This is what I believe: I believe that death inspires a person more than life. You never seem to reflect on the times you’ve had with a person until they are no longer in your life. When you lose someone, everything that you know about them is filed away into some space in your brain, to comfort you when you feel the loss of that person so deeply. The lessons a person tries to teach you while they are living never seem to sink in until you reflect back upon all of your times with them, every word, every conversation. I can pull an example of this from my own life.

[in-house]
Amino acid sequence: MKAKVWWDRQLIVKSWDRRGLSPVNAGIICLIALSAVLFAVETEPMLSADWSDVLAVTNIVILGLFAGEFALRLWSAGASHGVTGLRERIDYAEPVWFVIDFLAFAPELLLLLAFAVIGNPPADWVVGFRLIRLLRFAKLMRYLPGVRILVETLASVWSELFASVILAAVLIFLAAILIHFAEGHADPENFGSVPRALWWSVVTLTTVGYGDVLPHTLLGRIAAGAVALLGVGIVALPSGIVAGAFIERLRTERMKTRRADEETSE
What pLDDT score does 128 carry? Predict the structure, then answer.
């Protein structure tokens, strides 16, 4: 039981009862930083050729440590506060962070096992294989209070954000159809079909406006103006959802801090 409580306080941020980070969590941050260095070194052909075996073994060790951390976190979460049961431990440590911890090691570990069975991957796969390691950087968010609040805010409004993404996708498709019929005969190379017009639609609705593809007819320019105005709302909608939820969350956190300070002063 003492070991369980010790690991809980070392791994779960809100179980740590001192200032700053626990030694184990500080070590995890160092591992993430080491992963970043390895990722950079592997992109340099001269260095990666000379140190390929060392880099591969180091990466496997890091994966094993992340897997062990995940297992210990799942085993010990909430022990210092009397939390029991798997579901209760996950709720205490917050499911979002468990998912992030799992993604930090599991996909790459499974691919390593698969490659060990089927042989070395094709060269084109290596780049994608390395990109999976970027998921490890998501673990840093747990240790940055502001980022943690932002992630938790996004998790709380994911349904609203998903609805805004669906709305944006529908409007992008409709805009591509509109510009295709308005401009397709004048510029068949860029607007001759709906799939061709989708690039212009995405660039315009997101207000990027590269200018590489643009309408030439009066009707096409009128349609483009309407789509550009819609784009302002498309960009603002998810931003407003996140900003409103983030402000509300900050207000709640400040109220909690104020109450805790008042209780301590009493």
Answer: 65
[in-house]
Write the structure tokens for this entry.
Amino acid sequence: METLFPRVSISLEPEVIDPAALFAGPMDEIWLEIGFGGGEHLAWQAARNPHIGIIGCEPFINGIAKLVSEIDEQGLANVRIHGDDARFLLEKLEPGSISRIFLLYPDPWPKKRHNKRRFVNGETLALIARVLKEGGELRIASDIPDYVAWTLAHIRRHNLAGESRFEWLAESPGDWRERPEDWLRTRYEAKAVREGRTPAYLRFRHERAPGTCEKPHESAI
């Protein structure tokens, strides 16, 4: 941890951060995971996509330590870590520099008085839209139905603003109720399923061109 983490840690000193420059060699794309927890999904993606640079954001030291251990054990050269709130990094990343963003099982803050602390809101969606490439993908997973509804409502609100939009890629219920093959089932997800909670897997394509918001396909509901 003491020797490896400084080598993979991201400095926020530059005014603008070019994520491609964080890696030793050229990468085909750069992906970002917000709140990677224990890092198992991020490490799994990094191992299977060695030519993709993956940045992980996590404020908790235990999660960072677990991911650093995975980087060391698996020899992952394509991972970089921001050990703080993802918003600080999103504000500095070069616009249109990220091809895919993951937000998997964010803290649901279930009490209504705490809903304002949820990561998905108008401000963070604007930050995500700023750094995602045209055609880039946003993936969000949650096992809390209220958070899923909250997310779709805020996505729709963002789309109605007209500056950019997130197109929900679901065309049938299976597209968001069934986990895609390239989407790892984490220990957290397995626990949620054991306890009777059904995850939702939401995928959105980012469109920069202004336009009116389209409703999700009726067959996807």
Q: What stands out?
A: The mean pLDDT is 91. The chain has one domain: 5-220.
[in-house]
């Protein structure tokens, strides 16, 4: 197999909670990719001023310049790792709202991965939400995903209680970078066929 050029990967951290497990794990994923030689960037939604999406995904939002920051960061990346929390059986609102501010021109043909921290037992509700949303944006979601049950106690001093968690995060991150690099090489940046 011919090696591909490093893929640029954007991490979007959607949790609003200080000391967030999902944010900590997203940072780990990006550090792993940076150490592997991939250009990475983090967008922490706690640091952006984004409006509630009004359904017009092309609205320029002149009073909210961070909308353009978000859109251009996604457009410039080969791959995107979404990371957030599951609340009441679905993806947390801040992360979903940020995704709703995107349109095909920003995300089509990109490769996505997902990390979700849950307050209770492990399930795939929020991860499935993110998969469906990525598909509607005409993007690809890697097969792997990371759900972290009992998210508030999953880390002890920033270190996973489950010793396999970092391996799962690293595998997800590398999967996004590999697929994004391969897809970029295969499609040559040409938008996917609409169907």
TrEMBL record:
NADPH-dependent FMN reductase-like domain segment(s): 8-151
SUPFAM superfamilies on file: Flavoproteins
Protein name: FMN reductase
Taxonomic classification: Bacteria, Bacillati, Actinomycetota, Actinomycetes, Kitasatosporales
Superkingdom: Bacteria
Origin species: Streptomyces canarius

I once knew a woman who taught me this lesson. You might be able to tell by the beginning of this that this woman died, and the lesson she taught me was one of the most important things I have ever learned. I first saw her when I was twelve years old. She had that dry sense of humor that any twelve year old girl couldn’t possibly find entertaining, only intimidating. She was a teacher at the middle school that I attended. When I was thirteen, I had her as my language arts teacher. When I first found out that I was in her class, I couldn’t help feeling scared. Every time I had seen her in the hallway, she had a hard face and I was sure that she was the meanest woman I would ever know. As the year moved on, I began to love her, just as many other students did, when we saw that we held a special place in her heart. She always had a kind word to say and soon, we were all laughing at her dry wit. I remember one day with her so clearly. It ws the day that some of the students in our class were supposed to give presentations on topics of their choice. When she found that not one of her students was prepared to give their presentation, she cried, showing her disappointment in her students’ lack of motivation, when any other teacher would have expected it. She truly cared for the success of all of her students. I heard when I was fifteen and a freshman in high school that she had died of cancer, a disease we had all learned about a year before that she was fighting. She taught me to care about others and their achievements and successes, not just my own. I’m sure that this is a lesson I would not have learned so well had she not died. After her death, when I was so hurt, I began to wonder what memories I would keep of her for my whole life because I was sure that I never wanted to forget anything about her. This is when I realized that, sadly, I had never really learned any of life’s important lessons while she lived. When I acknowledged this, I found that I had been more inspired in her death than in her life. I have seen many more examples of this from the lives of others, but her death was the one that inspired this great epiphany.
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